Interestingly, I recently can across a comment that while Oxalic acid, as an example, which is not an explosive, when detonated with a primer, it does explode. If TCCA or Cyanuric acid behave similarly, then a few other candidates are possible.

For one, if the HOCl is sufficiently concentrated, Cl2O is present which, in increasing concentrations, becomes a more violent explosive (or primer). Dichlorine monoxide also explodes in the presence of NH3 and certain organic compounds.

Similarly, the disproportionation of concentrated HOCl into HCl and HClO3, may also form some highly explosive ClO2 (sufficient to act as a primer?) as:

3 HClO --> 2 HCl + HClO3

5 HClO3 + HCl <---> 6 ClO2 + 3 H2O

Finally, the formation of just Chlorine via:

HOCl + HCl <---> Cl2 + H2O

2 HOCl ---> 2 HCl + O2

may be instrumental.
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[*] posted on 2-5-2012 at 23:06


Quote: Originally posted by AJKOER  
Hypochlorous acid is capable, for example even in dilute solutions, of oxidizing ammonia (as an example) to Nitrogen trichloride when heated:

NH3 + 3 HOCl --> NCl3 + 3 H2O


"Oxidation" is not really the best way to describe the reaction, since it is actually an equilbrium: the reaction can shift in either direction depending on the pH. Indeed, in the absence of an acid, simply reacting NH4OH with HOCl would likely just result in real oxidation of the ammonia to nitrogen gas.

If the reaction is in an alkaline environment, and there is neither too much NH4OH or too much hypochlorite, then chloramine NH2Cl will be the favored product. Chloramine is a gas. There will also be some nitrogen gas produced, especially if the reactants are more concentrated.

NCl3 + 3 H2O + H2SO4 --> NH4SO4H + 3 HOCl

NCl3 + 4 HCl --> NH4Cl + 2 Cl2
(not very surprising, the hypochlorous acid just oxidizes the hydrochloric acid)

2 NCl3 + 6 NaOH --> 3 NaCl + 3 NaOCl + 3 H2O + N2

2 NH3 + Cl2 --> NH4Cl + NH2Cl
(but even mixing NaOCl with NH4OH will also generate chloramine gas, but the reaction will be less efficient since much of the ammonia will get oxidized to nitrogen)

In an excess of ammonia, the chloramine can react with more ammonia to form hydrazine. Usually this is only a transient intermediate, as hydrazine is oxidized at a much faster rate than ammonia.

NH2Cl + 2 NH3 --> NH4Cl + N2H4
6 NH2Cl + 4 NH3 --> 6 NH4Cl + 2 N2

3 NaOCl + 2 NH3 --> 3 NaCl + 3 H2O + N2

The best way to make nitrogen trichloride is to pass chlorine gas into a solution of ammonium sulfate.

(NH4)2SO4 + 3 Cl2 --> NH4SO4H + NCl3 + 3 HCl

If a hypochlorite salt is used to make NCl3, the pH needs to be carefully adjusted. An excess of ammonia will destroy the yield if at any time the pH is not low enough.

WARNING: nitrogen trichloride is a dangerously unstable oily explosive liquid

[Edited on 3-5-2012 by AndersHoveland]
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[*] posted on 20-5-2012 at 05:01


AndersHoverland:

Good description. However, believe it or not, in spite of the detail nature of his comments, it appears that the process (Breakpoint chlorination has been extensively studied) is even more complex with some reactions pH dependent and others not. In addition, there apparently are multiple path ways for NH3, HOCl, NH2Cl, NHCl2 and NCl3, and a more honest assessment is that the process is still not entirely understood. For example:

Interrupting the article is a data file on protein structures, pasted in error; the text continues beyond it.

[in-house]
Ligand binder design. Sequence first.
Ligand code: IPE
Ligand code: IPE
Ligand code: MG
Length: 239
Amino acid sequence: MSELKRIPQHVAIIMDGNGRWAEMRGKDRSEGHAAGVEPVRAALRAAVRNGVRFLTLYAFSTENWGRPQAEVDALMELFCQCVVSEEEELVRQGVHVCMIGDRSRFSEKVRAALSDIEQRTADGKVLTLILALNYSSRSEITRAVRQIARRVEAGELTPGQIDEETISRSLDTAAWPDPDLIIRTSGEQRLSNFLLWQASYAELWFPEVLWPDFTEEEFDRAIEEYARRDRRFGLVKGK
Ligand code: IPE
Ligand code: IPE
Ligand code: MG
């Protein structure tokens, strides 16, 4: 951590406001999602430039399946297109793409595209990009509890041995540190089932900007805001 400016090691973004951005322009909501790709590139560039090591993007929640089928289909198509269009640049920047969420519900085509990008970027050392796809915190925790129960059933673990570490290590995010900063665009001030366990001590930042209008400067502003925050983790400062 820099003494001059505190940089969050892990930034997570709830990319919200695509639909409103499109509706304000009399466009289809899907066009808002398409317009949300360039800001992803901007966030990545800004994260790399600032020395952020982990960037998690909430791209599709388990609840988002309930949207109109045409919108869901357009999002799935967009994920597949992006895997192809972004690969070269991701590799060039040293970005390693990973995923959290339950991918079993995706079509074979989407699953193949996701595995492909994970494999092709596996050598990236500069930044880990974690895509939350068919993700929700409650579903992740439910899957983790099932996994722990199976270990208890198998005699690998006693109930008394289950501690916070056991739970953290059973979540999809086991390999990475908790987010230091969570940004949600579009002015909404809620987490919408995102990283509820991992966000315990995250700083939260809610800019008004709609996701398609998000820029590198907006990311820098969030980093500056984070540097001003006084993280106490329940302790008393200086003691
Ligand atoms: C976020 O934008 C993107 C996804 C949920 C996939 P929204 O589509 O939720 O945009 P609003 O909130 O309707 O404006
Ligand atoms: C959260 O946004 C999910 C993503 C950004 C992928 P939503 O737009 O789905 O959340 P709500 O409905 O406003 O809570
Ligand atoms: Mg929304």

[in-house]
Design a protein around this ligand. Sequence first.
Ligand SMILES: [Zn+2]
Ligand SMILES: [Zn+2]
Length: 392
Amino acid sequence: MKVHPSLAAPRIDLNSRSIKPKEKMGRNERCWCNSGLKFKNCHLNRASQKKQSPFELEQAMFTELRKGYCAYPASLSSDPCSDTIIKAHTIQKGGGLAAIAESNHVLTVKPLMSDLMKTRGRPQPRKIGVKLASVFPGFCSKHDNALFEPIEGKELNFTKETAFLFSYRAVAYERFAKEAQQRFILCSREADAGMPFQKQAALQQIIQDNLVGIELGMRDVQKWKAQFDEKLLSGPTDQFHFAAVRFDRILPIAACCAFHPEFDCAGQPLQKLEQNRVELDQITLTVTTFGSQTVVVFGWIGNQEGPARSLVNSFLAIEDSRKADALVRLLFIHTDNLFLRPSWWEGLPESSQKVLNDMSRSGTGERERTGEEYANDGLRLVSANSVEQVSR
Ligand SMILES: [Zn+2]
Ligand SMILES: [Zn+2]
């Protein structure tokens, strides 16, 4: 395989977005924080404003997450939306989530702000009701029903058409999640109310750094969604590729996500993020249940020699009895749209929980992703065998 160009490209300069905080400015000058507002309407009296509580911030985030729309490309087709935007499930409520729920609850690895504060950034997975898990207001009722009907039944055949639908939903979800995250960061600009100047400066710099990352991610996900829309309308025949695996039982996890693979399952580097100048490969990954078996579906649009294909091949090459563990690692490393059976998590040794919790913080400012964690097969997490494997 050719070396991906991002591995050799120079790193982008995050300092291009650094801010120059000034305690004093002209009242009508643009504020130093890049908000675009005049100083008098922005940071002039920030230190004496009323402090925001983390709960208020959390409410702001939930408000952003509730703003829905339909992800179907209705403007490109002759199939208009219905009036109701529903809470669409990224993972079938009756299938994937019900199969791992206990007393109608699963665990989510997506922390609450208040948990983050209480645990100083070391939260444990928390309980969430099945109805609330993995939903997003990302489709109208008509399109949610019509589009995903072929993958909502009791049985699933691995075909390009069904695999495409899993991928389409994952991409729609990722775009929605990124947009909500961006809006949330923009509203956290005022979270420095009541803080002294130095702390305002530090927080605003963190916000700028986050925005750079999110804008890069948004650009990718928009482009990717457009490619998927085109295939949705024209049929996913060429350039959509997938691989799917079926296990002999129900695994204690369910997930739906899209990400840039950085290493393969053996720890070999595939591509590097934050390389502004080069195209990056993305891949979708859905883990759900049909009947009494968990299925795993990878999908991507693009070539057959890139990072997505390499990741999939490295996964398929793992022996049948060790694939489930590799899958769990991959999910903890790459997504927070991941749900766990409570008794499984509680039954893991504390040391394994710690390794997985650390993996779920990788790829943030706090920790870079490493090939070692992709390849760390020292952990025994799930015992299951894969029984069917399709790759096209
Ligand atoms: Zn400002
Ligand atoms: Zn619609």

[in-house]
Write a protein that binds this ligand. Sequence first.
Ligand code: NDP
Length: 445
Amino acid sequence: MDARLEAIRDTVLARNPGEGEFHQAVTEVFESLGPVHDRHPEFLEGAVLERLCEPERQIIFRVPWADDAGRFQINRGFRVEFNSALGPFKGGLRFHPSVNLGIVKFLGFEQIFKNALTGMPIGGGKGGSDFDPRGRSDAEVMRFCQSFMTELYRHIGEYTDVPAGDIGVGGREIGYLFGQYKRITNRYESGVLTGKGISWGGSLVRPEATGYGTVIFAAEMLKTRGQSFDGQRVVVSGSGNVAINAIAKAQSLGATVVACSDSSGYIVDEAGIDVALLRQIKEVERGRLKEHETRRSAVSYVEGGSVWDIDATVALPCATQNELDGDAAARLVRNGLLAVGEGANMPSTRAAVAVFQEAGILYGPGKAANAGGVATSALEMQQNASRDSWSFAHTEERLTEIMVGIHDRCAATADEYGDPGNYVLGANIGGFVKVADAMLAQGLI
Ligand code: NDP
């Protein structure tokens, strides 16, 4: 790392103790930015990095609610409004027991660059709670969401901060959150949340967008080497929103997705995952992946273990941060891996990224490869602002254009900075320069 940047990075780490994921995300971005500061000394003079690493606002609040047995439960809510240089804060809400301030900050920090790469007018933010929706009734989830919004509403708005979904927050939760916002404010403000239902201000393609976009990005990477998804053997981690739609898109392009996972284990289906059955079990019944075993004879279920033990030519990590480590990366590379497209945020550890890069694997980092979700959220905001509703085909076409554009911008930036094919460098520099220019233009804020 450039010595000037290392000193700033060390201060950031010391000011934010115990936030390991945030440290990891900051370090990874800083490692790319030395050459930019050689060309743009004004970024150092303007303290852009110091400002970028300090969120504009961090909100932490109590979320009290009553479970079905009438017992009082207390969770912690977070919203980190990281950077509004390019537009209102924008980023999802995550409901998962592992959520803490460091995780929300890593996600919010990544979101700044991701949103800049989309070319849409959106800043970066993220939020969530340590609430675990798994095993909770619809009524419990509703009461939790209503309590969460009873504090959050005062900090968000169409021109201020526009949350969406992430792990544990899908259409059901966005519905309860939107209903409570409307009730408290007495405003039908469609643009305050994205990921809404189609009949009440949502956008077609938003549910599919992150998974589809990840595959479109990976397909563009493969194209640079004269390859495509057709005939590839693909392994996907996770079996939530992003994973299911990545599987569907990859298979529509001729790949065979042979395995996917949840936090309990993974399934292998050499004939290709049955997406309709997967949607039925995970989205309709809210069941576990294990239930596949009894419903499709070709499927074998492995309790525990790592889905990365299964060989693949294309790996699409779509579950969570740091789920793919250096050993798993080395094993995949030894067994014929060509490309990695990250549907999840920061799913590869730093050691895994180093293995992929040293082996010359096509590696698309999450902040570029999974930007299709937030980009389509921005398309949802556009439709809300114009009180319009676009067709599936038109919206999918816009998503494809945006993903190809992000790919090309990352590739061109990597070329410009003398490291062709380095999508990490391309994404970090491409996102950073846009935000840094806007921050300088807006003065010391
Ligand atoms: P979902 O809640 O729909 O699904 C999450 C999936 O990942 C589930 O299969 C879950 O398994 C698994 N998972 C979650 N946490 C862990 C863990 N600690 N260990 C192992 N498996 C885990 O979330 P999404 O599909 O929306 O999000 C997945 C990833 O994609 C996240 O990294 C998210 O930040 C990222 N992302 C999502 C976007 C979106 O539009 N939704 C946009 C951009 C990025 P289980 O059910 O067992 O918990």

NH2Cl + H2O --> HOCl + NH3 and then:
HOCl + NH2Cl --> NHCl2 + H2O (see Equation 2.49 in the source provided below)

Dichloroamine (NHCl2) can also be formed in a parallel reaction:

NH2Cl + Acid --> [NH2Cl.Acid]
[NH2Cl.Acid] + NH2Cl --> NH2Cl2 + NH3 + Acid (See Equation 2.50)

where this second-order reaction is apparently pH dependent and buffer dependent.

Also, ammonia suppresses the disproportionation of NH2Cl and there must be an excess of HOCl for reactions 2.49 and 2.50 to proceed.

Reference: "White's Handbook of Chlorination and Alternative Disinfectants", by Black & Veatch Corporation.

Link:
http://books.google.com/books?id=mGVbIoW2lNAC&pg=PT129&a...


[Edited on 20-5-2012 by AJKOER]
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[*] posted on 27-6-2012 at 08:29


Quote: Originally posted by AndersHoveland  
Trichloroisocyanuric acid (TCCA) often explodes when acidified. It generally seems to be assumed that formation of nitrogen trichloride is the culprit, but it is quite possible that this assumption is, at least in part, erroneous.

"Upon hydrolysis, trichloroisocyanuric acid yields hypochlorous acid"
Oxidation studies of symmetrical and unsymmetrical ethers : Comparison of trichloroisocyanuric acid and hypochlorous acid reagent. E. C. Juenge, M. D. Corey and D. A. Beal. Kansas State College, Pittsburg, Kansas USA

Hypochlorous acid and hydrogen chloride (from the hydrolysis of PCl3) will form chlorine. Chlorine is certainly known to oxidize TCCA to nitrogen trichloride. There have been many accidents involving chemical waste mixtures that have included hypochlorite or TCCA withsome other acidic compound (such as ammonium sulfate).

[Edited on 25-4-2011 by AndersHoveland]


Here is a link to the full paper that AndersHoveland referenced: https://docs.google.com/viewer?a=v&q=cache:-USpkbQ4JdQJ:...

My take on first reading was that it appears that HOCl and aqueous solutions of TCCA (which form HOCl) are not generic substitutes with respect to all reactions. In the particular instance under investigation, a reactive preference appears to be with TCCA over HOCl for reasons speculated by the authors.

I also found an excellent reference: "CYANURIC AND ISOCYANURIC ACIDS", link: http://www.scribd.com/doc/30133467/Cyanuric-and-Iso-Cyan-Uri...